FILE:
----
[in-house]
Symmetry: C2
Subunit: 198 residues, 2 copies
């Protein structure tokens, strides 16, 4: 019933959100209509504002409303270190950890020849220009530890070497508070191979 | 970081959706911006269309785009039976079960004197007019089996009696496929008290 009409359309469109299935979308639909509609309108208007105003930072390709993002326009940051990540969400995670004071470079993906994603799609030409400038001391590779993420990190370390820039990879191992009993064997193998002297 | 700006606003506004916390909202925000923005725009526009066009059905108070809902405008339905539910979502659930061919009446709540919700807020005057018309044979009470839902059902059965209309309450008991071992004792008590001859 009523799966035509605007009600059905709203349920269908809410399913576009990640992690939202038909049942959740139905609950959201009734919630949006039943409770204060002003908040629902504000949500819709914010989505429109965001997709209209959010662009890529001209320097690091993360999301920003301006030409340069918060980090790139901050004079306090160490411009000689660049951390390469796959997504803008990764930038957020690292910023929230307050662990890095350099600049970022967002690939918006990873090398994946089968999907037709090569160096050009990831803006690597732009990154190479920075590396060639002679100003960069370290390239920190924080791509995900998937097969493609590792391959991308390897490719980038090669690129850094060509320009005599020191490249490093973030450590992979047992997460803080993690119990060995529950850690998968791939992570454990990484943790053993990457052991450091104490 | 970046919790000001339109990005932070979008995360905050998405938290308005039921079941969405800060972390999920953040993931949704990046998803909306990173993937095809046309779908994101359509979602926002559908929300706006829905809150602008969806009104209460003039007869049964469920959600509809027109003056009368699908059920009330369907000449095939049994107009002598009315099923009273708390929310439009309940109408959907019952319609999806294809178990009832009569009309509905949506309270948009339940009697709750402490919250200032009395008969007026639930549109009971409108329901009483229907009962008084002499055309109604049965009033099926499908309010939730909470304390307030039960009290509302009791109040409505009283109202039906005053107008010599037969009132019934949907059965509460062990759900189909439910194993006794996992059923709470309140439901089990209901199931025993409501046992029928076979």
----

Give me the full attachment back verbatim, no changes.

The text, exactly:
[in-house]
Symmetry: C2
Subunit: 198 residues, 2 copies
């Protein structure tokens, strides 16, 4: 019933959100209509504002409303270190950890020849220009530890070497508070191979 | 970081959706911006269309785009039976079960004197007019089996009696496929008290 009409359309469109299935979308639909509609309108208007105003930072390709993002326009940051990540969400995670004071470079993906994603799609030409400038001391590779993420990190370390820039990879191992009993064997193998002297 | 700006606003506004916390909202925000923005725009526009066009059905108070809902405008339905539910979502659930061919009446709540919700807020005057018309044979009470839902059902059965209309309450008991071992004792008590001859 009523799966035509605007009600059905709203349920269908809410399913576009990640992690939202038909049942959740139905609950959201009734919630949006039943409770204060002003908040629902504000949500819709914010989505429109965001997709209209959010662009890529001209320097690091993360999301920003301006030409340069918060980090790139901050004079306090160490411009000689660049951390390469796959997504803008990764930038957020690292910023929230307050662990890095350099600049970022967002690939918006990873090398994946089968999907037709090569160096050009990831803006690597732009990154190479920075590396060639002679100003960069370290390239920190924080791509995900998937097969493609590792391959991308390897490719980038090669690129850094060509320009005599020191490249490093973030450590992979047992997460803080993690119990060995529950850690998968791939992570454990990484943790053993990457052991450091104490 | 970046919790000001339109990005932070979008995360905050998405938290308005039921079941969405800060972390999920953040993931949704990046998803909306990173993937095809046309779908994101359509979602926002559908929300706006829905809150602008969806009104209460003039007869049964469920959600509809027109003056009368699908059920009330369907000449095939049994107009002598009315099923009273708390929310439009309940109408959907019952319609999806294809178990009832009569009309509905949506309270948009339940009697709750402490919250200032009395008969007026639930549109009971409108329901009483229907009962008084002499055309109604049965009033099926499908309010939730909470304390307030039960009290509302009791109040409505009283109202039906005053107008010599037969009132019934949907059965509460062990759900189909439910194993006794996992059923709470309140439901089990209901199931025993409501046992029928076979």